And lots of them fled for good. Why? Are pirate singers really that bad? Well, yes. But in this case, the schedule looked worse than half-ass padded. It looked boring. Gary Marsh, President, Entertainment and Chief Creative Officer for Disney Channels Worldwide was ostensibly the next panel. All by himself. Or perhaps roaming the Huntington Gardens. Who knew? Nothing against Marsh, but it would probably take Les Moonves to pull in even half the critics to mingle in a post-pirate ballroom for a couple of random quotes.

Next up was something called Lemonade Mouth, a Disney Channel original movie. Nothing says "go take a nap" more than the words Lemonade Mouth. Somewhere editors across the country and Canada were on phones asking what was coming up. "Um, Lemonade Mouth. Does this mean I can't come back to the winter tour again?"

After that, if you stayed, there was a writing break. From 2:15 to -- wait for it -- 5 p.m. Where was this writing break during the cable portion of the tour when we could have really used it? Was Lemonade Mouth so sophisticated in its premise that we needed three hours to process it and then write about it? Then, at 5 p.m., ABC was having what it billed as a "Midseason Mixer" for Off the Map. Given the buzz for Off the Map, this wasn't exactly inviting. But hey, the bar was open.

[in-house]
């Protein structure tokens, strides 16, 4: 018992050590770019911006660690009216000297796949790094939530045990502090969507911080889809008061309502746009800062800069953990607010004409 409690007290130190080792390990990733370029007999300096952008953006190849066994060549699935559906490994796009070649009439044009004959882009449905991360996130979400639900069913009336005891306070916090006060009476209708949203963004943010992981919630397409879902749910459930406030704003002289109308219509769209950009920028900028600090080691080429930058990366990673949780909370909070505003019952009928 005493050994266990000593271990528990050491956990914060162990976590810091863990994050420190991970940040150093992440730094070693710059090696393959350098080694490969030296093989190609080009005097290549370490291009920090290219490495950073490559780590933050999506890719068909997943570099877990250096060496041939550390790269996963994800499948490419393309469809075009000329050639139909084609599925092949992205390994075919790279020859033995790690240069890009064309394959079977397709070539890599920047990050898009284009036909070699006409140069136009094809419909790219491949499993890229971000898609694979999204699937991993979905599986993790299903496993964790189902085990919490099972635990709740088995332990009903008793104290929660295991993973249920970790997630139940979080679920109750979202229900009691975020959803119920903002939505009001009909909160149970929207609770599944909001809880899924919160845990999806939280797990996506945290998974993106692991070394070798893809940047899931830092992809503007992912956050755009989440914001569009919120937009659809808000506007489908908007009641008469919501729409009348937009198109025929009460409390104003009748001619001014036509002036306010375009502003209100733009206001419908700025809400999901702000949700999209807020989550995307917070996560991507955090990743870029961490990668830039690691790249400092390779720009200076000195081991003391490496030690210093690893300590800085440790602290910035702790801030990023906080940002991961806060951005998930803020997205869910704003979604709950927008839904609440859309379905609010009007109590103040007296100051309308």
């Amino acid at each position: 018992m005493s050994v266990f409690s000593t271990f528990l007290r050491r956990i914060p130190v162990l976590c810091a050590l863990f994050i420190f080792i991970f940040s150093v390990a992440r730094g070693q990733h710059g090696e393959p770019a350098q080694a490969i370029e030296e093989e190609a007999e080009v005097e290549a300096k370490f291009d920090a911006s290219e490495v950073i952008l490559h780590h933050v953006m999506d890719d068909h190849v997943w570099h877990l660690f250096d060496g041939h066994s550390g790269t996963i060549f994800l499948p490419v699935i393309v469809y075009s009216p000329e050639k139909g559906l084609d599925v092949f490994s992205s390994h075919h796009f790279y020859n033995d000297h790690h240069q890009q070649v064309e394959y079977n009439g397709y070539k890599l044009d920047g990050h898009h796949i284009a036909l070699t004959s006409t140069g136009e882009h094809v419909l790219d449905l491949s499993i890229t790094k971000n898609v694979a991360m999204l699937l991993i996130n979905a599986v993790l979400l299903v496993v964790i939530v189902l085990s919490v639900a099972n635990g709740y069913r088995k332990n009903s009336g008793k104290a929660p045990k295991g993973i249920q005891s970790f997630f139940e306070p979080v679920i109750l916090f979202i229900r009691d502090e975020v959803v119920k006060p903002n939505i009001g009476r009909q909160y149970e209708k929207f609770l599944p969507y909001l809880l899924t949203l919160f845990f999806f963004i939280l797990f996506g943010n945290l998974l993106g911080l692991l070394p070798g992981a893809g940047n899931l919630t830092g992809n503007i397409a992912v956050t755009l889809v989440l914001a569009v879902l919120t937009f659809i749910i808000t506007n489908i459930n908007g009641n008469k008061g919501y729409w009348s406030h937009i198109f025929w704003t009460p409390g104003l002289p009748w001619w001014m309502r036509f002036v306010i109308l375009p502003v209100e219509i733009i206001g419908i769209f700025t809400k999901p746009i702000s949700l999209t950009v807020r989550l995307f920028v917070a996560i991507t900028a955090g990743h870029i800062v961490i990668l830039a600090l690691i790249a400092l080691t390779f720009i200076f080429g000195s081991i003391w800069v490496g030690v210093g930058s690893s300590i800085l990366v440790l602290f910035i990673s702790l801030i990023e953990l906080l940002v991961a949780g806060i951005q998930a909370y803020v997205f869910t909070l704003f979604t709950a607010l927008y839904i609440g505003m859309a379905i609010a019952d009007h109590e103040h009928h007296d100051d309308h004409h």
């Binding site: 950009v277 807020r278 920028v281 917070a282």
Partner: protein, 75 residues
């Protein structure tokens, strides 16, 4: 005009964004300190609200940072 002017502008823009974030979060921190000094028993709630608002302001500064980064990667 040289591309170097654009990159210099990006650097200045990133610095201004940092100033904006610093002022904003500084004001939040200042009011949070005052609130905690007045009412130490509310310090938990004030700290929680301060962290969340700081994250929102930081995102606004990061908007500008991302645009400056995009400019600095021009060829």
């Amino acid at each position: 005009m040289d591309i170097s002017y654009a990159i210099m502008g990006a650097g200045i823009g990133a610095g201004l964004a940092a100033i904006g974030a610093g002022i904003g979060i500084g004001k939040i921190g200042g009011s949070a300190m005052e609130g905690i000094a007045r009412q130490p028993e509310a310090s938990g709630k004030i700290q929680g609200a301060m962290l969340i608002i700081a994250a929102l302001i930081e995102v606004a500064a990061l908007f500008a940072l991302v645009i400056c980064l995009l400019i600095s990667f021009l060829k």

The immediate questions surrounding the ABC schedule centered on what could have or should have been here. Some critics were calling this the least useful TCA day in years, if not ever. Nothing against Disney stuff, or even ABC Family, but that's not the primetime content most writers are here for. To its credit, ABC seemed to acknowledge that today wasn't exactly thrilling. But it's hard to imagine much effort or foresight was put into this TCA for ABC.